Contraception Options for Women
Course Number: PH 614
Date: April 11, 2014
Introduction and Background:
Infant mortality is the fourth and sixth leading cause of death in Afghanistan (HEALTH PROFILE : AFGHANISTAN).According to The World Fact Book, 119.41 infants died per 1,000 live births, which is the highest infant mortality rate in the world. Infants die due to low birth weights, labor complications, and lack of family planning. On average a woman dies every 30 minutes in Afghanistan from a perinatal event; therefore, the infant mortality rate will remain at a high level (Johnson, 2011). Family planning provides safe alternatives to the risk of infant and maternal mortality; also, it is a low cost economical way to reduce maternal and fetal deaths in countries that lack adequate recourse for women (Diamond-Smith & Potts, 2011). Family planning is essential to the health of infants and expecting mothers. Babies born to mothers with no prenatal/family planning care are five times more likely to die than those born to mothers who received care (Guidotti, et al., 2009). Improving access to family planning options is a key element in the fight against infant mortality.
Afghanistan has a total fertility rate of 5.54 (The World Fact book, 2013), but that rate could be higher according to, Infant and under-five mortality in Afghanistan: current estimates and limitations. Female births are often underreported due to the stigma of having girls in the Afghan culture (Viswanathan, et al., 2010). Also, speculations indicate that preference for boys can manifest itself before birth in sex-selective abortions and girls maybe neglected or treated unequally after birth which causes them to die. Women in Afghanistan lack education and resources to adequate healthcare; therefore, they are unaware of the risks associated with giving birth. Furthermore, a study was conducted that concluded through the increase of contraception use one million fewer maternal and infant deaths took place in developing countries (Diamond-Smith & Potts, 2011). Infant mortality in Afghanistan can be addressed through the implementation of family planning resources. The maternal mortality rate in Afghanistan is 1,600 women die during child birth per 100,000 live births, this is the second highest maternal mortality rate in the world (Afghanistan: High birth rate killing mothers, infants-UNFPA expert, 2008). Family planning services will provide Afghan women with birth spacing options and alternatives to having children prior to being ready.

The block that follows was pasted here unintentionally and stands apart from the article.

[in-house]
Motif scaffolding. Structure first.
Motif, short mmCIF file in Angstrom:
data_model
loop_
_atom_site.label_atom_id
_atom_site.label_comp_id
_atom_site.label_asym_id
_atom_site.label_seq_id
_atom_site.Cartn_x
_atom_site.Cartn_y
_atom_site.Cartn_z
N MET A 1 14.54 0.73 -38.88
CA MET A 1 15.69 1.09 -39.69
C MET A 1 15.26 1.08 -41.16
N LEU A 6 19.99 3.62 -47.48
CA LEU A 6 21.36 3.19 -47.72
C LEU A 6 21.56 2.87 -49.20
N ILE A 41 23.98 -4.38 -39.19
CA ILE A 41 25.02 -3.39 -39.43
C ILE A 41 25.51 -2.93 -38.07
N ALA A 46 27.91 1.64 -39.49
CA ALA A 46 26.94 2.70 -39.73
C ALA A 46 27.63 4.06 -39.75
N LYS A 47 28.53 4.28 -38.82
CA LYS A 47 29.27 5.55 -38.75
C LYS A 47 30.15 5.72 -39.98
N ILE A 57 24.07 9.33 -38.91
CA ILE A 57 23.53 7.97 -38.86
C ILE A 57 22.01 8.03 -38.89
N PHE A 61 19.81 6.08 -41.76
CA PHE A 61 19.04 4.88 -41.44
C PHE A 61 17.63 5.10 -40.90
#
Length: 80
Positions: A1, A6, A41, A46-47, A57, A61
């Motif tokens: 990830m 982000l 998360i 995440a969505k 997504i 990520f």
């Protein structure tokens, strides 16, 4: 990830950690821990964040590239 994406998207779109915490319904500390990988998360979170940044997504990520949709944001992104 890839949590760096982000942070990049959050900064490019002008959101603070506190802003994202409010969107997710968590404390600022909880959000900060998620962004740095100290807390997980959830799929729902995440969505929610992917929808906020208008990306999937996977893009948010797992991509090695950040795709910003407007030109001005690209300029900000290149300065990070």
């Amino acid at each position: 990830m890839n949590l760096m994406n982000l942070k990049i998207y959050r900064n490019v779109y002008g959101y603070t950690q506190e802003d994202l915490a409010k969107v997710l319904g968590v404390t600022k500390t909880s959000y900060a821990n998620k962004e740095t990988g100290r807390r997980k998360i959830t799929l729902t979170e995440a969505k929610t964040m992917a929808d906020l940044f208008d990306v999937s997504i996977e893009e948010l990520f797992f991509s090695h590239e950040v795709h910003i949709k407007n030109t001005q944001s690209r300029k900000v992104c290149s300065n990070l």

The program objective is to decrease the infant mortality rate in Afghanistan through providing women contraception options and education. Contraception Options for Women (COW), employees will reach out to mullahs (Religious Leaders), and provide them with contraception education/resources to share with women in the community.
Afghanistan’s capital city Kabul is home to...